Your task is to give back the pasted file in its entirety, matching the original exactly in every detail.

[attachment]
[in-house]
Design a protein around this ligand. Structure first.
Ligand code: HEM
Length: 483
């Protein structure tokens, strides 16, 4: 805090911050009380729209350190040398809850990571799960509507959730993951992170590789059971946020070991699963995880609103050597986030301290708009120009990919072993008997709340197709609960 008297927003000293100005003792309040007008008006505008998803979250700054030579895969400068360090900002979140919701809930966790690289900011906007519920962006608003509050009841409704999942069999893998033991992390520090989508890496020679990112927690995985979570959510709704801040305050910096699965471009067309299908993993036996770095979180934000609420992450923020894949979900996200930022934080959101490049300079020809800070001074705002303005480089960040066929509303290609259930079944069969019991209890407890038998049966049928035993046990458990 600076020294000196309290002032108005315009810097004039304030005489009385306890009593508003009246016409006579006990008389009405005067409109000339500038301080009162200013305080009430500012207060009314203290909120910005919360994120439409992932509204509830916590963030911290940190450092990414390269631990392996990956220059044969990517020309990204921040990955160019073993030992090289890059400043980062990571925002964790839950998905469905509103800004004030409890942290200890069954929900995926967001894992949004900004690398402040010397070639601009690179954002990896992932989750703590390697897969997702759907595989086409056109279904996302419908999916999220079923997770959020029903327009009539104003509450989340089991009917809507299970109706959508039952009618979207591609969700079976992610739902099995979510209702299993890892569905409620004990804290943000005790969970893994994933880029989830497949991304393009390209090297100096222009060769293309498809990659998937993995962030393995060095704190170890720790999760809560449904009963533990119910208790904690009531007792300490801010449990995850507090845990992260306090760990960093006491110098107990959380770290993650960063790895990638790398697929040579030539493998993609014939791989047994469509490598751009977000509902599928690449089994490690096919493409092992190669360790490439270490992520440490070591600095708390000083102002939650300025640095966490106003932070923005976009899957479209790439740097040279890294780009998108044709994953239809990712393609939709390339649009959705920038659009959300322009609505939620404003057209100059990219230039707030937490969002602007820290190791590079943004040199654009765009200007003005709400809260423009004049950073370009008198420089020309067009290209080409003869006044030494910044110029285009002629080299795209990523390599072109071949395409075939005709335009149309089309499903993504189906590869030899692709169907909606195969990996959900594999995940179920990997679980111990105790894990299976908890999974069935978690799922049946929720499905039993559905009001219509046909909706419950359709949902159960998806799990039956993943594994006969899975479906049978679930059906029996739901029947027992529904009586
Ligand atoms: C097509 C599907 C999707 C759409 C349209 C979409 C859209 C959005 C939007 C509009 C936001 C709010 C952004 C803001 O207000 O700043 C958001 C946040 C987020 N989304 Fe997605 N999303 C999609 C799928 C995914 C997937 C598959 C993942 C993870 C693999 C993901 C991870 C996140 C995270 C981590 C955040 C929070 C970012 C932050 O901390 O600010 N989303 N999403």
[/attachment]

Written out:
[in-house]
Design a protein around this ligand. Structure first.
Ligand code: HEM
Length: 483
């Protein structure tokens, strides 16, 4: 805090911050009380729209350190040398809850990571799960509507959730993951992170590789059971946020070991699963995880609103050597986030301290708009120009990919072993008997709340197709609960 008297927003000293100005003792309040007008008006505008998803979250700054030579895969400068360090900002979140919701809930966790690289900011906007519920962006608003509050009841409704999942069999893998033991992390520090989508890496020679990112927690995985979570959510709704801040305050910096699965471009067309299908993993036996770095979180934000609420992450923020894949979900996200930022934080959101490049300079020809800070001074705002303005480089960040066929509303290609259930079944069969019991209890407890038998049966049928035993046990458990 600076020294000196309290002032108005315009810097004039304030005489009385306890009593508003009246016409006579006990008389009405005067409109000339500038301080009162200013305080009430500012207060009314203290909120910005919360994120439409992932509204509830916590963030911290940190450092990414390269631990392996990956220059044969990517020309990204921040990955160019073993030992090289890059400043980062990571925002964790839950998905469905509103800004004030409890942290200890069954929900995926967001894992949004900004690398402040010397070639601009690179954002990896992932989750703590390697897969997702759907595989086409056109279904996302419908999916999220079923997770959020029903327009009539104003509450989340089991009917809507299970109706959508039952009618979207591609969700079976992610739902099995979510209702299993890892569905409620004990804290943000005790969970893994994933880029989830497949991304393009390209090297100096222009060769293309498809990659998937993995962030393995060095704190170890720790999760809560449904009963533990119910208790904690009531007792300490801010449990995850507090845990992260306090760990960093006491110098107990959380770290993650960063790895990638790398697929040579030539493998993609014939791989047994469509490598751009977000509902599928690449089994490690096919493409092992190669360790490439270490992520440490070591600095708390000083102002939650300025640095966490106003932070923005976009899957479209790439740097040279890294780009998108044709994953239809990712393609939709390339649009959705920038659009959300322009609505939620404003057209100059990219230039707030937490969002602007820290190791590079943004040199654009765009200007003005709400809260423009004049950073370009008198420089020309067009290209080409003869006044030494910044110029285009002629080299795209990523390599072109071949395409075939005709335009149309089309499903993504189906590869030899692709169907909606195969990996959900594999995940179920990997679980111990105790894990299976908890999974069935978690799922049946929720499905039993559905009001219509046909909706419950359709949902159960998806799990039956993943594994006969899975479906049978679930059906029996739901029947027992529904009586
Ligand atoms: C097509 C599907 C999707 C759409 C349209 C979409 C859209 C959005 C939007 C509009 C936001 C709010 C952004 C803001 O207000 O700043 C958001 C946040 C987020 N989304 Fe997605 N999303 C999609 C799928 C995914 C997937 C598959 C993942 C993870 C693999 C993901 C991870 C996140 C995270 C981590 C955040 C929070 C970012 C932050 O901390 O600010 N989303 N999403």